Wright State University
Wright State University is a public research university in Dayton, Ohio, with an additional branch campus on Grand Lake St. Marys. Originally a branch campus of Miami University and Ohio State University, Wright State became an independent institution in 1967 and was named in honor of the aviation pioneers Orville and Wilbur Wright, who were residents of nearby Dayton. The university offers bachelor's, master's, and doctoral degrees. It is classified among "R2: Doctoral Universities – High research activity".
|Motto||Ad docendum, Investigandum, Serviendum (Latin)|
Motto in English
|Teaching, Research, Service|
|Type||Public research university|
|University System of Ohio|
|Endowment||$95.5 million (2020)|
|Provost||Oliver H. Evans (interim)|
12,234 (all campuses)
|Colors||Green and Gold|
|NCAA Division I – Horizon League|
|Mascot||Gray Wolf, Raider personified as Rowdy Raider|
Wright State University first opened in 1964 as a branch campus of Miami University and Ohio State University, occupying only a single building. Groundwork on forming the institution began in 1961 during a time when the region lacked a public university for higher education. A community-wide fundraising effort was conducted in 1962 to establish the university, and the campaign raised the $3 million needed in seed money. Much of the land that the campus was built on was donated by the United States Air Force from excess acreage of Wright-Patterson Air Force Base.
The Ohio General Assembly passed legislation in 1965 that transformed the branch campus into a separate institution with its own Advisory Committee on November 5, 1965. It was anticipated the campus would achieve full independent status by 1967 with its rapidly increasing enrollment of full-time students, projected to reach 5,000 within two years. On October 1, 1967, the campus officially became Wright State University following a decision by the Ohio Board of Regents. The name honors the Wright brothers, well-known Dayton residents who are credited with inventing the world's first successful airplane. In 1969, a 173-acre (70 ha) branch campus opened on the shore of Grand Lake St. Marys in Celina, Ohio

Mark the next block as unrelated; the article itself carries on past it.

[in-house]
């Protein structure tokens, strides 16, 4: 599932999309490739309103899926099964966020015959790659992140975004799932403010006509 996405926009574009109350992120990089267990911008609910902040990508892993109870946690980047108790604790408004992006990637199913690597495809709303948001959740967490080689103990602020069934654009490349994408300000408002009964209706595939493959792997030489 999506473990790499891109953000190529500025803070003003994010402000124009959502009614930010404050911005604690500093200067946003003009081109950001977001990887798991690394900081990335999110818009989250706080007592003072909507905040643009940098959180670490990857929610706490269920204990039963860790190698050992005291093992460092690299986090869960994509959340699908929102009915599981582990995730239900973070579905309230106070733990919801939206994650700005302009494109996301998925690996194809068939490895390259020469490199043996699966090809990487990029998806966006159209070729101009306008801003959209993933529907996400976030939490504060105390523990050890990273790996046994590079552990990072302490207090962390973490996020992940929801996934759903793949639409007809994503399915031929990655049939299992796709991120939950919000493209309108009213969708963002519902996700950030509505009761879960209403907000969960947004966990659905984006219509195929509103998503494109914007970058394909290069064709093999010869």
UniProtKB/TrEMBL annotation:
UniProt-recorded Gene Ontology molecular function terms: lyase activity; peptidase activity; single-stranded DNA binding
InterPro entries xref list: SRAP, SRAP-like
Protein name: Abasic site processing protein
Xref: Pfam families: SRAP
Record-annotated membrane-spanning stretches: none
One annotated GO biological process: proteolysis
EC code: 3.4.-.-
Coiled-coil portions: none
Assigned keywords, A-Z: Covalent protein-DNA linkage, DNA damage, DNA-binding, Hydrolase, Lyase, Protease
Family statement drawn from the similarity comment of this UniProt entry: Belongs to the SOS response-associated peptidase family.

In 2017, Wright State University celebrated its 50th anniversary. Coinciding with the historic event, Wright State created a 50th anniversary website to highlight important milestones and events throughout the university's history. The celebration culminated at Homecoming on September 30 – October 1, 2017, the last day of which was the university's official 50th anniversary.
Also in 2017, the university became officially tobacco-free and banned all tobacco products on its Dayton and Lake campuses. Smoking cessation products, such as nicotine-replacement gum, lozenges, and patches were still allowed. The university also offered courses to help students, staff and faculty quit tobacco use. The school decided to go tobacco-free after the Ohio Board of Regents in 2012 recommended all Ohio public universities become tobacco free.
Wright State University faculty are unionized and represented by the American Association of University Professors (AAUP). In early 2019 they began a strike after two years of unsuccessful and contentious contract negotiations. An agreement was made on February 10–11 to end the strike. At twenty days, this was the longest higher-ed strike in Ohio history, and one of the longest in US history.